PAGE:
Lawyer Turns His Home Into A Sanctuary For Rescued Animals
As a lawyer, it's John Friske's day job to protect people from environmental pollution. But in his spare time, he founded San Diego Farm Animal Rescue, an animal sanctuary at his very own home.
It began when he watched "Cowspiracy," a documentary that reveals not only the environmental impacts of the meat industry, but also its effects on individual animals. In only a year, he's welcomed eight animals of four species to his sanctuary, and now he's preparing for the grand opening of the sanctuary's educational program later this month.
His first adoption was a rescue dog from Southern California German Shepherd Rescue. Friske named her Daisy.
Next was an American quarter horse named Emma. "She came to me because her family couldn't ride her anymore," Friske told The Dodo. "People aren't really in the market for a 26-year-old horse, so, instead of going to slaughter, her owners wanted a good home to put her in."
Emma's arrival was soon followed by two American paint horses who had known each other their entire lives. While they stuck together, Emma kept to herself - until a familiar face showed up.
Pokey, another American quarter horse, and Emma used to belong to the same couple. When they decided to sell Emma to another family, she was kept at the same ranch but separated from Pokey by a fence, so the two horses couldn't interact much anymore.
Pokey's family decided to give him up and turned him over to Friske - who reunited him with Emma and placed the two in an open pasture where they could finally be together as much as they wanted.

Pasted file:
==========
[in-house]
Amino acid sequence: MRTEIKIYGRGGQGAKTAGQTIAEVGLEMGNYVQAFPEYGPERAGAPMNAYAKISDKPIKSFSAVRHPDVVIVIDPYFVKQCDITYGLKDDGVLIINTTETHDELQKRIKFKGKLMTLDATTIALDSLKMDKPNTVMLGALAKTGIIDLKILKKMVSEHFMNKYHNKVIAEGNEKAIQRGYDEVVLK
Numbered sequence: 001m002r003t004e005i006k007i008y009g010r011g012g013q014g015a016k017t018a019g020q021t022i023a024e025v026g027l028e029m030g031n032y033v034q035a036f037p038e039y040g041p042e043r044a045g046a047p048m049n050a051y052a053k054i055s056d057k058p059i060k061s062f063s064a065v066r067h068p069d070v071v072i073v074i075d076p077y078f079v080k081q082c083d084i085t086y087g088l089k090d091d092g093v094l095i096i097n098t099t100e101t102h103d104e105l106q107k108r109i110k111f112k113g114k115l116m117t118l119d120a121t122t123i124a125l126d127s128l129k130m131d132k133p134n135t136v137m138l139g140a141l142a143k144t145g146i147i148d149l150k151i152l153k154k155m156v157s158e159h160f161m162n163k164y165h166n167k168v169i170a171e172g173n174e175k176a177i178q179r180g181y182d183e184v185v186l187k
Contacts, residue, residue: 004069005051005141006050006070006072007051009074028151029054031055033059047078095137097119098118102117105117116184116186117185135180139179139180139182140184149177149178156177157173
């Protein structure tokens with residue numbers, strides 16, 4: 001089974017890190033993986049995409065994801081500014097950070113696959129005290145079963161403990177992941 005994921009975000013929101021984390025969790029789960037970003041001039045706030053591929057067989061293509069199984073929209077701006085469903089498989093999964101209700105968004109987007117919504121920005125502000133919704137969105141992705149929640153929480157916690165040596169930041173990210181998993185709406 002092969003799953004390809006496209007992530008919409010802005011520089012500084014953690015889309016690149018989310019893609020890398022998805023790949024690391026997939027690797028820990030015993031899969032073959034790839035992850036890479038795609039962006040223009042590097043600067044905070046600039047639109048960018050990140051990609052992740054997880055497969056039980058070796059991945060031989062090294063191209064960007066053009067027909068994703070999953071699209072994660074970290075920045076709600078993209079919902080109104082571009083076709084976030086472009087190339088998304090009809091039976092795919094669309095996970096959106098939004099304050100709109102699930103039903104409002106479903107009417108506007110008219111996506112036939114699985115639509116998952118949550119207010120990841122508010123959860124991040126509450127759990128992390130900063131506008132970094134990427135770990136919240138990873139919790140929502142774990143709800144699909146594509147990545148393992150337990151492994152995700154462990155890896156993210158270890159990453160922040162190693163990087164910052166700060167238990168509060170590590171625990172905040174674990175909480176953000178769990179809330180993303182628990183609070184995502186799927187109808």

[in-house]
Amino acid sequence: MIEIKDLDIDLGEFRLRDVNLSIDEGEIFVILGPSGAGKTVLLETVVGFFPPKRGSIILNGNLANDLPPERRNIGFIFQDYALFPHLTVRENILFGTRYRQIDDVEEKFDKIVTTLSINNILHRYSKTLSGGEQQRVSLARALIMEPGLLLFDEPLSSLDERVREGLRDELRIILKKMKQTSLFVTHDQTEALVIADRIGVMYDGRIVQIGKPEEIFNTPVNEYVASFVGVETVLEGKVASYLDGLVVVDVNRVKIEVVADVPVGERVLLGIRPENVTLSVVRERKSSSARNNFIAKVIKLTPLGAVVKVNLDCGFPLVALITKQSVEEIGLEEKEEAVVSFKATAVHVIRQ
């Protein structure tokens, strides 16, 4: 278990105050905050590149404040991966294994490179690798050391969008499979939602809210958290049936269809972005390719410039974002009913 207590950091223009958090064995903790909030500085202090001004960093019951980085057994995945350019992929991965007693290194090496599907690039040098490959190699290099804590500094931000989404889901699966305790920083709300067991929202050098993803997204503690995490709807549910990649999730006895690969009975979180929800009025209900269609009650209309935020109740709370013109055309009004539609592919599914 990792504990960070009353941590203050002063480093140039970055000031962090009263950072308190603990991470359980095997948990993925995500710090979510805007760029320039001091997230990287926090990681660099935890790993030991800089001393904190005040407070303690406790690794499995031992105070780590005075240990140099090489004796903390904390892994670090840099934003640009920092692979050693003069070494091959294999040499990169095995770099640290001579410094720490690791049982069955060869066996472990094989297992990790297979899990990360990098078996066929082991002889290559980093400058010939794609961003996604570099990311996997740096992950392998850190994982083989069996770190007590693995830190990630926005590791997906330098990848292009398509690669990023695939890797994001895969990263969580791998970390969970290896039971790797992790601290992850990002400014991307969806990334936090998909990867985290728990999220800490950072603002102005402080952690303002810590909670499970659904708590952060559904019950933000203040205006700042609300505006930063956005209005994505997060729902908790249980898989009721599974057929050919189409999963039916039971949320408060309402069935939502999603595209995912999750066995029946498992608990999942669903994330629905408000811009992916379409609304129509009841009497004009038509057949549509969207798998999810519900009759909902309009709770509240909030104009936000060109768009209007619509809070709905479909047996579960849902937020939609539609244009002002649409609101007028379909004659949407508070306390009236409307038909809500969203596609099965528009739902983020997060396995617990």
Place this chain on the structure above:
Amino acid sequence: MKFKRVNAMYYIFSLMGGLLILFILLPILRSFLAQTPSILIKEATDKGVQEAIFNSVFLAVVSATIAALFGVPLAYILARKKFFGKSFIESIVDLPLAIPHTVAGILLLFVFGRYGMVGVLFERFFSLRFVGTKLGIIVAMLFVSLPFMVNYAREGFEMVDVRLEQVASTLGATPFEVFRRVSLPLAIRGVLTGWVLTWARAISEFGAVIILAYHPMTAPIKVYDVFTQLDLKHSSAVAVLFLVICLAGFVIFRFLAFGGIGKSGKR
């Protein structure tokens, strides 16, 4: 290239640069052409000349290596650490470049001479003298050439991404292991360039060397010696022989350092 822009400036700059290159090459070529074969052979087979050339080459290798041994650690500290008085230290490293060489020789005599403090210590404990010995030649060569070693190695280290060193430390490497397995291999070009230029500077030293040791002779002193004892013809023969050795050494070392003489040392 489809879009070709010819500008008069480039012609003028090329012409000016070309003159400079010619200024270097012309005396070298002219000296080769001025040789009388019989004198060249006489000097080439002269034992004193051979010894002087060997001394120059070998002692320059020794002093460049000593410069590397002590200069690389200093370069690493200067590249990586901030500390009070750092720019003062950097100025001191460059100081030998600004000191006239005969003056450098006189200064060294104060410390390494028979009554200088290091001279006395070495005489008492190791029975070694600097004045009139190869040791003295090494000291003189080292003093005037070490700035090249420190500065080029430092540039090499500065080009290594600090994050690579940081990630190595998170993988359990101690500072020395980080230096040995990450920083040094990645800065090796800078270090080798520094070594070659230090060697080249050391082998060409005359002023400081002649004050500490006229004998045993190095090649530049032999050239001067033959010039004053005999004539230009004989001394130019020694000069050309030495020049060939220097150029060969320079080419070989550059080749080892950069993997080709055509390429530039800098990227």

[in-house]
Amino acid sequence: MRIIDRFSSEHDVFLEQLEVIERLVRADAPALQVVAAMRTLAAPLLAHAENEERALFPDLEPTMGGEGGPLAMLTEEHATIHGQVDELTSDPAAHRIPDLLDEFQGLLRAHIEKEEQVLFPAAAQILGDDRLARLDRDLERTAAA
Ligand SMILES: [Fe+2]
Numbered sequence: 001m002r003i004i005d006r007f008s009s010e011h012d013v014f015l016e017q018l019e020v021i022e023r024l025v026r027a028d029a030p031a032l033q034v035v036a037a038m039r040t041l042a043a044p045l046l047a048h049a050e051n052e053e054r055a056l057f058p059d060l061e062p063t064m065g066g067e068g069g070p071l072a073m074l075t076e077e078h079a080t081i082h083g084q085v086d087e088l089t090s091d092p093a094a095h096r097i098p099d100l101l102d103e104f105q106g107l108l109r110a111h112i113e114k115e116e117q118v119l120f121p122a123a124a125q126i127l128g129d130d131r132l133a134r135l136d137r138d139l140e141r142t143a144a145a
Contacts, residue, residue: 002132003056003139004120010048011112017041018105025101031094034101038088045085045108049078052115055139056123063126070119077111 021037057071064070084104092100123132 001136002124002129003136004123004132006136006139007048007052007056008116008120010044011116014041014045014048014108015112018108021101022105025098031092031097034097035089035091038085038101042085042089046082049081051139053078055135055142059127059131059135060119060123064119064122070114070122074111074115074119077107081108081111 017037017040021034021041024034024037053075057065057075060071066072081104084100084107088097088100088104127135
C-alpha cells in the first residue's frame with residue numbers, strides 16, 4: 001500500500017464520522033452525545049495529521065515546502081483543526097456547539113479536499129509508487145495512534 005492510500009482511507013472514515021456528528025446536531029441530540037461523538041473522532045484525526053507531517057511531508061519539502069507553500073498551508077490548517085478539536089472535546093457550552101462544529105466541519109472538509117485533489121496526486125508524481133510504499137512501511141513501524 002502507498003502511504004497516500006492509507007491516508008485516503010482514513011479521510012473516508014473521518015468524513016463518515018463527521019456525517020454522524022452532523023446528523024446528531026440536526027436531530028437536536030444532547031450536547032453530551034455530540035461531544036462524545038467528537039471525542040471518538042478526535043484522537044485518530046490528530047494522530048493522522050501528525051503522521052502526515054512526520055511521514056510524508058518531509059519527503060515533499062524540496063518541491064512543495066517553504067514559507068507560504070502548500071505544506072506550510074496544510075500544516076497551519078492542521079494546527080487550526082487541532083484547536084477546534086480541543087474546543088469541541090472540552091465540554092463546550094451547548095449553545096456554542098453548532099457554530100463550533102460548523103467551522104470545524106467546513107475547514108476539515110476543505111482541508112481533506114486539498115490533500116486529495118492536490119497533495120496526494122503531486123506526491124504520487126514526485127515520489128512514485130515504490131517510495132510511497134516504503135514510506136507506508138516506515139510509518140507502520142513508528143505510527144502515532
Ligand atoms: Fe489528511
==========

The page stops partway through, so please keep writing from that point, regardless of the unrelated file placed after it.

"Once Pokey came, they had their boyfriend-girlfriend relationship back," Friske said. "Now he protects her, and she's the first one to eat."
"If she wants to get the best shade spot, she'll get the best shade spot, because Pokey stands guard and makes sure that she's taken care of," he added.
In addition to the horses, there's Roosevelt, the pig with a limp due to his deformed hooves, named after President Franklin D. Roosevelt. More recently, Friske built a chicken coop for two hens, Eleanor and Amelia.
For Fiske, understanding the common ground between humans and animals is an essential part of the philosophy behind his work.
"We believe the connection between animals and humans reveals the true nature of both, and the distinctions among species are blurred as humans discover their capacity for compassion," the sanctuary's mission statement reads.
Fiske already has plans for local community groups and children's programs to come and experience a place where the animals are treated with respect. By bringing children up close to farm animals, he said, he hopes to inspire compassion toward animals in generations to come.
To learn more about Friske and the animals on his farm, follow San Diego Farm Animal Rescue on Facebook.
Check out another reunion between two horses who went without seeing each other for four years.